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Klocek v. Gateway, Inc

Melissa A. Hale

ProfessorMelissa A. Hale

CaseCast "What you need to know"

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Klocek v. Gateway, Inc.
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    Brief Fact Summary. Plaintiff Klocek, purchased a computer from Defendant Gateway, Inc. Inside the box containing the instruction manuals was a copy of Defendant’s Standard Terms and Conditions Agreement. The agreement stated that it is accepted by the purchaser if the purchaser keeps the computer longer than five days. One of the provisions in Defendant’s agreement requires arbitration.

    Synopsis of Rule of Law. Terms received with a product do not become part of the contract unless the non-merchant buyer expressly agrees to them.

    Facts. Defendant includes a copy of its Standard Terms and Conditions Agreement with every computer it sells in the box containing the computer battery power cable and instruction manuals. On top of the first page of Defendant’s agreement is a notice that the consumer accepts the terms and conditions by keeping the computer for more than five days. The notice is located in a printed box, separate from the other provisions and is in emphasized type. The terms and conditions include a provision requiring disputes to be resolved through final and binding arbitration in Chicago.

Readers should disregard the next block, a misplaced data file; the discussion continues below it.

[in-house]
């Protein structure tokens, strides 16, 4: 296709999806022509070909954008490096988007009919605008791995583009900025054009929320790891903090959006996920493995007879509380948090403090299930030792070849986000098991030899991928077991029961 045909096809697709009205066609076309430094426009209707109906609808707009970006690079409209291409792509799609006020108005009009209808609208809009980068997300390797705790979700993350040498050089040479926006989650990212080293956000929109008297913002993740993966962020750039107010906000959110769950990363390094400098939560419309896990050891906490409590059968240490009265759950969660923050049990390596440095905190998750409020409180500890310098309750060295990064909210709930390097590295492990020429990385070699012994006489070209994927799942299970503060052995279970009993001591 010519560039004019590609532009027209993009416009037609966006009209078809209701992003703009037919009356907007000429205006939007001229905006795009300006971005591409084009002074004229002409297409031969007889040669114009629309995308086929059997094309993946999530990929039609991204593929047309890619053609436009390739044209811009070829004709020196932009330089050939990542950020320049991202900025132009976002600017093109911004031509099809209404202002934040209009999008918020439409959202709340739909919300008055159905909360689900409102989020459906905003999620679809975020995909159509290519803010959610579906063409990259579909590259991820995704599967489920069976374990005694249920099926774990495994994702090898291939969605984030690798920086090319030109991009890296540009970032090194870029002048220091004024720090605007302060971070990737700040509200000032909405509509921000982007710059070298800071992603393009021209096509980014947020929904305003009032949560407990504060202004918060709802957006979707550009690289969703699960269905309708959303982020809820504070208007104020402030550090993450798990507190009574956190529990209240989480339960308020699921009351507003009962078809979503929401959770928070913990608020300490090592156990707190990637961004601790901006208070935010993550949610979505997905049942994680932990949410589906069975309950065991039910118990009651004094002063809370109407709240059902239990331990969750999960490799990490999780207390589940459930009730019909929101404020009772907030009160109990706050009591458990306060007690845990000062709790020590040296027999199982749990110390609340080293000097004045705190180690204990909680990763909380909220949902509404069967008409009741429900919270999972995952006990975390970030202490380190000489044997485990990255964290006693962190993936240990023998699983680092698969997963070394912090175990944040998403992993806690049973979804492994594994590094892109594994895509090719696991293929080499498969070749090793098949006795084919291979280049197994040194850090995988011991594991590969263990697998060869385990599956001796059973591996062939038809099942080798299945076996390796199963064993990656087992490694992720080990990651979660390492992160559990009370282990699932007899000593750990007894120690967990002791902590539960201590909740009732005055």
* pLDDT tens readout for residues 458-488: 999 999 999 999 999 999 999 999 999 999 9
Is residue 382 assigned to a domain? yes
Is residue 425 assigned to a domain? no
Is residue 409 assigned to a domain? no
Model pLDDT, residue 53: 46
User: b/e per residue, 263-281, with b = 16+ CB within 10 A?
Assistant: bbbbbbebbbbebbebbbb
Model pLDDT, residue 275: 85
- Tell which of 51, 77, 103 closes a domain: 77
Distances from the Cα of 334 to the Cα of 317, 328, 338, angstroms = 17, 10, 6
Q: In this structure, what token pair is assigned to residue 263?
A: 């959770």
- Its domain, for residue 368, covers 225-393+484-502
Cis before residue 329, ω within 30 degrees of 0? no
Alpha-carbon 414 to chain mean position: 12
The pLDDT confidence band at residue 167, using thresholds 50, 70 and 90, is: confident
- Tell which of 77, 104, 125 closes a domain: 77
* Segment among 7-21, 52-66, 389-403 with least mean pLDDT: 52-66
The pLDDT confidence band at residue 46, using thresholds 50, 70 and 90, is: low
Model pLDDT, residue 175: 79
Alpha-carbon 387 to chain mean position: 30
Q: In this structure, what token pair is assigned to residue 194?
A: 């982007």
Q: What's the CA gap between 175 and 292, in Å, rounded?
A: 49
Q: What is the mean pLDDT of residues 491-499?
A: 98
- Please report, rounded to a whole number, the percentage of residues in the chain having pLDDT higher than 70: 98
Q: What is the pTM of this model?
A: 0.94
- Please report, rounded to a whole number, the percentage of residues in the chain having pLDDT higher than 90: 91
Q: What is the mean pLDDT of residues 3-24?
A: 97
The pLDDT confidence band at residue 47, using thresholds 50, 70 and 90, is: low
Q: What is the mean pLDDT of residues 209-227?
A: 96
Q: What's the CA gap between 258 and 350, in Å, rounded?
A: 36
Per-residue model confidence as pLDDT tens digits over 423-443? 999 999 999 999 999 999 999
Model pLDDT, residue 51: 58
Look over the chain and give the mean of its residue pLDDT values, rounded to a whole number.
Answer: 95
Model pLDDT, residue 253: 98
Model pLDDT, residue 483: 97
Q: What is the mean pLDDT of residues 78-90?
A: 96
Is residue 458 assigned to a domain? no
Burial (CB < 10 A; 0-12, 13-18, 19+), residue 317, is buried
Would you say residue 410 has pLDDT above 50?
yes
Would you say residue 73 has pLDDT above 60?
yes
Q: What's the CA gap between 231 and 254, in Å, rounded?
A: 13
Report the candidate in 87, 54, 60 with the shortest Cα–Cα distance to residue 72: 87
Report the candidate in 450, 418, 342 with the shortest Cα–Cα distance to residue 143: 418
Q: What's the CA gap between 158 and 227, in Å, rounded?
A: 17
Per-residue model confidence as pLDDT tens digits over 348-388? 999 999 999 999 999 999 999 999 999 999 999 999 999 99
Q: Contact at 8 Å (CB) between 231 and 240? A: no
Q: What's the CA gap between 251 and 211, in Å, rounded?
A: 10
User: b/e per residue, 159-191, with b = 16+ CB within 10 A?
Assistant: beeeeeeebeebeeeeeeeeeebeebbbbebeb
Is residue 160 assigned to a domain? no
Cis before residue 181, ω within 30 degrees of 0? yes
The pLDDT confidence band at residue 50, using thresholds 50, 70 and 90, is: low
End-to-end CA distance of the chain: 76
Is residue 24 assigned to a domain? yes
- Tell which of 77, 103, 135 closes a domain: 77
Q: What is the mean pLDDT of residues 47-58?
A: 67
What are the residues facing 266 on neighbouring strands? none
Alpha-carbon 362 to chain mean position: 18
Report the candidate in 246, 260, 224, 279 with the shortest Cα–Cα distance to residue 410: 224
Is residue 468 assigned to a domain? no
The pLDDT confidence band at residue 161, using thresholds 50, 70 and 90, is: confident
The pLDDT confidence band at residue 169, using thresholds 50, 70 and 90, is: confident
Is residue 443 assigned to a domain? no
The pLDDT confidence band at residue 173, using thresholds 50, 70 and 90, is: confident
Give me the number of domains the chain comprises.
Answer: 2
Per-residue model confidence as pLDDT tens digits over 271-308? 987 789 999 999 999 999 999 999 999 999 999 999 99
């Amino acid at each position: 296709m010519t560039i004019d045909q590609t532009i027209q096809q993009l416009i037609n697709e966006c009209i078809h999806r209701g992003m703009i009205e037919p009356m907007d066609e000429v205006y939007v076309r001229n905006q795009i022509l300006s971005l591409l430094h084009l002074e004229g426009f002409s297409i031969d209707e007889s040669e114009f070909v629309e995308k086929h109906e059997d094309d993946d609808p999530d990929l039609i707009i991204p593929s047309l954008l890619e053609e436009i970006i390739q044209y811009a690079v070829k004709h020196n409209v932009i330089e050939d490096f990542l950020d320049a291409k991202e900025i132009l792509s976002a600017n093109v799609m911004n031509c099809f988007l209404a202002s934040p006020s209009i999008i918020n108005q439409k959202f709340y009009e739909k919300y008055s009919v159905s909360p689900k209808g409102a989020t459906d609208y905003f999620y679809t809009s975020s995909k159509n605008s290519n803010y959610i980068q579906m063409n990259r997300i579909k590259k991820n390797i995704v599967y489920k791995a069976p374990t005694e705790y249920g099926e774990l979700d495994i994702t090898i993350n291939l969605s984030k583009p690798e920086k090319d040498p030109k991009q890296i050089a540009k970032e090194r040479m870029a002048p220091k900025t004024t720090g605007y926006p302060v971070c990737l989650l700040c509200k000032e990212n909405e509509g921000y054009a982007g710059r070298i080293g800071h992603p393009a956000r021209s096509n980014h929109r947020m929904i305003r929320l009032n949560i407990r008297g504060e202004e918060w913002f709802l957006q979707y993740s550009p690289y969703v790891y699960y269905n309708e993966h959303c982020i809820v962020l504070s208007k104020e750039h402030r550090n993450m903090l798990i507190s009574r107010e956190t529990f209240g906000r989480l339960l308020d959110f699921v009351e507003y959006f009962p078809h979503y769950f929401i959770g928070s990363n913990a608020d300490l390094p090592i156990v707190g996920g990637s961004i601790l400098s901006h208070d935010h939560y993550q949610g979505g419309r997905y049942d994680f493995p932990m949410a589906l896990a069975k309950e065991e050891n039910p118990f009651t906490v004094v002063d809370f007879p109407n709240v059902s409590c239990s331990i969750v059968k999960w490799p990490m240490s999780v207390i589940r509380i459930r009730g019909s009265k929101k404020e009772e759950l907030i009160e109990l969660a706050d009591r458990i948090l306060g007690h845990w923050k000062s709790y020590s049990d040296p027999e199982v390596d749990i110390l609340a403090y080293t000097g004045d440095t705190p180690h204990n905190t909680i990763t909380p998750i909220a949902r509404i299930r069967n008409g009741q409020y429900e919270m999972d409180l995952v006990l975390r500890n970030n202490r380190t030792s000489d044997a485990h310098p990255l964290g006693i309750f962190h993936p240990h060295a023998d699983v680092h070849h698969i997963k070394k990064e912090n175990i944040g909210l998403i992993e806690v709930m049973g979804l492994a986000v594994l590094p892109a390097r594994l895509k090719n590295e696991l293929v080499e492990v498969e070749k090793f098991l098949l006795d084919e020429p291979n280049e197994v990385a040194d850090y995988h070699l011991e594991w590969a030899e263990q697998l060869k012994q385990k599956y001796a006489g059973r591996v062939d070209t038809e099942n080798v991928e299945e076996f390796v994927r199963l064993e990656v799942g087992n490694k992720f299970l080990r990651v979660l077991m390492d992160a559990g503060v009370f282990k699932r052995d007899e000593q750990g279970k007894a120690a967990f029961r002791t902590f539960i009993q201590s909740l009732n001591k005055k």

Issue. Did the arbitration provision become part of the contract?

    Held. No. The arbitration provision did not become part of the contract.
    The UCC applies because the contract is for the sale of goods.
    The Court characterizes Defendant’s agreement as an acceptance. Because the agreement does not condition the acceptance on Plaintiff’s assent to the terms, it is not a counteroffer.
    Because Plaintiff is not a merchant, Plaintiff has to expressly agree to the additional terms for them to become a part of the contract. The Court found that the five-day acceptance of terms did not constitute express agreement by Plaintiff.
    The Court holds that the arbitration provision did not become part of the contract because Plaintiff did not expressly agree to the terms.

    Discussion. In the present case, Plaintiff, not a merchant, did not expressly agree to the arbitration provision included in the box with the computer Plaintiff purchased from Defendant. Because Plaintiff did not expressly agree to it, the provision did not become part of the contract between the parties.


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